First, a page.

- Vaginal bleeding in postmenopausal women is the most common presenting symptom of endometrial cancer. Evaluation with transvaginal ultrasound or endometrial biopsy is necessary but can be accomplished on an outpatient basis in stable, reliable patients. If an endometrial stripe of 4 mm or less is observed with ultrasound imaging performed in an emergency department, patients do not need further evaluation of the endometrial. Menopause is a physiologic process marked by the cessation of ovarian function and menstrual periods. Hormone replacement therapy (HRT), especially when initiated close to the start of menopause and continued at the lowest possible dose for the shortest duration possible, has less risk than believed previously. Pelvic organ prolapse (POP) affects millions of women in the United States and contributes to poor body image and difficulty with urinary, gastrointestinal, and sexual function. Treatment options include Kegel exercises, pessaries, and surgery.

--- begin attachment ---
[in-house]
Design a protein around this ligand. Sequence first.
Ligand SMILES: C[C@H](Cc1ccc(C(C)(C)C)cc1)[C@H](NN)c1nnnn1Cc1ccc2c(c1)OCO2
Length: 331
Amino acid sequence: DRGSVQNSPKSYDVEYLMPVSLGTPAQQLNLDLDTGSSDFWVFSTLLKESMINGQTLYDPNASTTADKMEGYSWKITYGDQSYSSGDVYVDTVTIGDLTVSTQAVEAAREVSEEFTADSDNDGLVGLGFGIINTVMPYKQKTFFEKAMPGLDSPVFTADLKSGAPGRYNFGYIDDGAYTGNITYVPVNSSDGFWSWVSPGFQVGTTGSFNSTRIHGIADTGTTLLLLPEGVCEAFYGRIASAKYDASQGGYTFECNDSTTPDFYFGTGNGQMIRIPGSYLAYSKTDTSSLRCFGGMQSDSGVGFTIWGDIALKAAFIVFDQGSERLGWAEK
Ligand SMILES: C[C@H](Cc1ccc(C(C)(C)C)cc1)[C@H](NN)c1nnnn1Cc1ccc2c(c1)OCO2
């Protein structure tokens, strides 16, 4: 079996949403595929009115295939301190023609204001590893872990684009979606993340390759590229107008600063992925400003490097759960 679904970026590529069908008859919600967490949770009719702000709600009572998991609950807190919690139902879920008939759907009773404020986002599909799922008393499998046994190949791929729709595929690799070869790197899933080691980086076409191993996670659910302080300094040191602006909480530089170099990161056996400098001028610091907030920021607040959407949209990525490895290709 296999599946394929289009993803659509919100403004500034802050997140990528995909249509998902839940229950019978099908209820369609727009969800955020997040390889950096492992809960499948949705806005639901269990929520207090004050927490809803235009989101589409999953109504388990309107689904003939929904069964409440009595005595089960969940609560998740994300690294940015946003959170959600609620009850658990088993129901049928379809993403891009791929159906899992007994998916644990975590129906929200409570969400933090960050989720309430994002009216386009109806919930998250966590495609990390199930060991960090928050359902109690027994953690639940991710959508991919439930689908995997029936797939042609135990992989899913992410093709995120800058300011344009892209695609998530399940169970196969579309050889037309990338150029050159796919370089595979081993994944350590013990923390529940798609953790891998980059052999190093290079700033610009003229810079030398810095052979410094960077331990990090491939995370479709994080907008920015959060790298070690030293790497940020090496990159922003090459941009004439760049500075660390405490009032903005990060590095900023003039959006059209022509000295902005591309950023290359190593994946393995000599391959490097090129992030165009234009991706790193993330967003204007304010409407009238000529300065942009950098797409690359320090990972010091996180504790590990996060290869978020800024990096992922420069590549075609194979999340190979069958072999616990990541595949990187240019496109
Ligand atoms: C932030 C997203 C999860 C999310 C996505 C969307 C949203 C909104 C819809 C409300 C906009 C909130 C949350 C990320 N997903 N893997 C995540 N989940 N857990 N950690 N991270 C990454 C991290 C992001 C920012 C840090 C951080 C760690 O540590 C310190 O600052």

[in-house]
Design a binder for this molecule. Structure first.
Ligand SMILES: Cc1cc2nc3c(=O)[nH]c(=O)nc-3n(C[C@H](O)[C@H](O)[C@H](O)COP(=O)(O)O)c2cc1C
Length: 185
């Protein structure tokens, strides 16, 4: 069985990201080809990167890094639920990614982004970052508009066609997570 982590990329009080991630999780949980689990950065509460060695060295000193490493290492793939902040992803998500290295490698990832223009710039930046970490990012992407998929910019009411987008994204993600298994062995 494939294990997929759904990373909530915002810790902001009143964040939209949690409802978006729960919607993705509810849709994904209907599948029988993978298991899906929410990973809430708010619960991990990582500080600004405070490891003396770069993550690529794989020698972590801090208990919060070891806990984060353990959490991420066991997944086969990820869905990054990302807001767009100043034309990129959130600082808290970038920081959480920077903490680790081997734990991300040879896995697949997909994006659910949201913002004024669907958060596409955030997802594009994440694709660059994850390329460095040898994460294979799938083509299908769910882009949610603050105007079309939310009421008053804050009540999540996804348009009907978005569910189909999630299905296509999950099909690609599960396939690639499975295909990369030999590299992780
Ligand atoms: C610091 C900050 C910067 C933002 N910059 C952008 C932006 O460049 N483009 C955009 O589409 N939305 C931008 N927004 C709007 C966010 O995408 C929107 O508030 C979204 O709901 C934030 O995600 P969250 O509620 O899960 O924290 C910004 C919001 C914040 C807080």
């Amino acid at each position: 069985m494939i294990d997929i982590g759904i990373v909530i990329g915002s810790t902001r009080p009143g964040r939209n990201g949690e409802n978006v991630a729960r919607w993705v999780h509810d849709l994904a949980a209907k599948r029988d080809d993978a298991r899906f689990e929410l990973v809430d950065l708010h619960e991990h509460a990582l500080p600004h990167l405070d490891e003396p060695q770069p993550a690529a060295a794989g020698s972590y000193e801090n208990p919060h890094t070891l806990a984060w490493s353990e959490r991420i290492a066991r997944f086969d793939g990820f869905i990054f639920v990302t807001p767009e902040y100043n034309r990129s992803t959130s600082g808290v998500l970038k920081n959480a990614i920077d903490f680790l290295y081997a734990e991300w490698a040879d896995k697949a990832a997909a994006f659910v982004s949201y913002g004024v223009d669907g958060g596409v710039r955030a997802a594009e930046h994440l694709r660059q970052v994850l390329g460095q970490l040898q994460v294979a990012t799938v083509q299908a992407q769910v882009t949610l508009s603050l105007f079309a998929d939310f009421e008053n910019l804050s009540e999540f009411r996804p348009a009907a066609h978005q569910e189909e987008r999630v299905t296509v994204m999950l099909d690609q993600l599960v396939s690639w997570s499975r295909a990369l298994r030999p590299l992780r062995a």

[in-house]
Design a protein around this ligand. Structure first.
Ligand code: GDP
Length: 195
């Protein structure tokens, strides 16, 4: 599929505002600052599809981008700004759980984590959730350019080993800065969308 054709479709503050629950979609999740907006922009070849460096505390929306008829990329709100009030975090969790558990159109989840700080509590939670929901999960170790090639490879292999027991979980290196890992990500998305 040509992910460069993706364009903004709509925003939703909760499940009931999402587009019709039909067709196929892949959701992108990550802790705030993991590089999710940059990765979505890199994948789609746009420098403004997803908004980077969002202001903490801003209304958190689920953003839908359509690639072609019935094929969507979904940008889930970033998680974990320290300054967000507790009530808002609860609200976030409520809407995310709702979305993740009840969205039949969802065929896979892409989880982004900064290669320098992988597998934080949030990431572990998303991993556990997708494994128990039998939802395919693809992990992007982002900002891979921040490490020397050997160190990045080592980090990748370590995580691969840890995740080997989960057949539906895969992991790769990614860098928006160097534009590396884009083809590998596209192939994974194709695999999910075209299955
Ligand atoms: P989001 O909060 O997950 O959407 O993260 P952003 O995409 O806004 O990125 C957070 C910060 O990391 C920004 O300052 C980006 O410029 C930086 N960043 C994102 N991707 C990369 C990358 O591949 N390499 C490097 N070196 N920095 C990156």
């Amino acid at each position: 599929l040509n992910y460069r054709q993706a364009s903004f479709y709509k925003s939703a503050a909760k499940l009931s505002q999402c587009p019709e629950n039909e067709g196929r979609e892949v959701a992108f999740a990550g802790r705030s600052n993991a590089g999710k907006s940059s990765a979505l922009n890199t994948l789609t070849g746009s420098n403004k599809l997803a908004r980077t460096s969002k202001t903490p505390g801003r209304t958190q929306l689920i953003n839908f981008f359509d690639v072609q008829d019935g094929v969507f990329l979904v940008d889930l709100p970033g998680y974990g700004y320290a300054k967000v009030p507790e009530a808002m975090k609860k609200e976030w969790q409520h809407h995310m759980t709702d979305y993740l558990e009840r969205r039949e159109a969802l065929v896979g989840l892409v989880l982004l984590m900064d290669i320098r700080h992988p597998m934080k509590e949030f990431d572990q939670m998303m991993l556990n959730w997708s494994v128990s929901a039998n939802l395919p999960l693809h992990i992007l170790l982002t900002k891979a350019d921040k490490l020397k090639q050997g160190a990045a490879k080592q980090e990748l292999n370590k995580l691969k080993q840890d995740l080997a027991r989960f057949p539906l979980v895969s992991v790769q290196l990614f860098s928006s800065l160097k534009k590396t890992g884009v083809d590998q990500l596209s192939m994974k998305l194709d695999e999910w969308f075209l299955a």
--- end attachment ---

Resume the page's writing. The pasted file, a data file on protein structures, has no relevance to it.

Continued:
VAGINAL BLEEDING IN THE POSTMENOPAUSAL PATIENT Vaginal bleeding in premenopausal women is a common patient presentation in emergency departments. When assessing postmenopausal women, an emergency physician’s typical patterns of thought regarding gynecologic conditions must be expanded. Postmenopausal bleeding is most commonly defined as vaginal bleeding after a period of no menses for at least 1 year.
1 The physiology of normal menses is contingent on ovulatory cycles, which are marked by endometrial proliferation and secretion and, then, in the absence of pregnancy, a predictable menstrual period after estrogen and progesterone withdrawal.
2 The transition to menopause is often marked by sporadic anovulatory cycles, during which unopposed estrogen stimulates the endometrium and the absence of progesterone results in unpredictable endometrial sloughing and vaginal bleeding.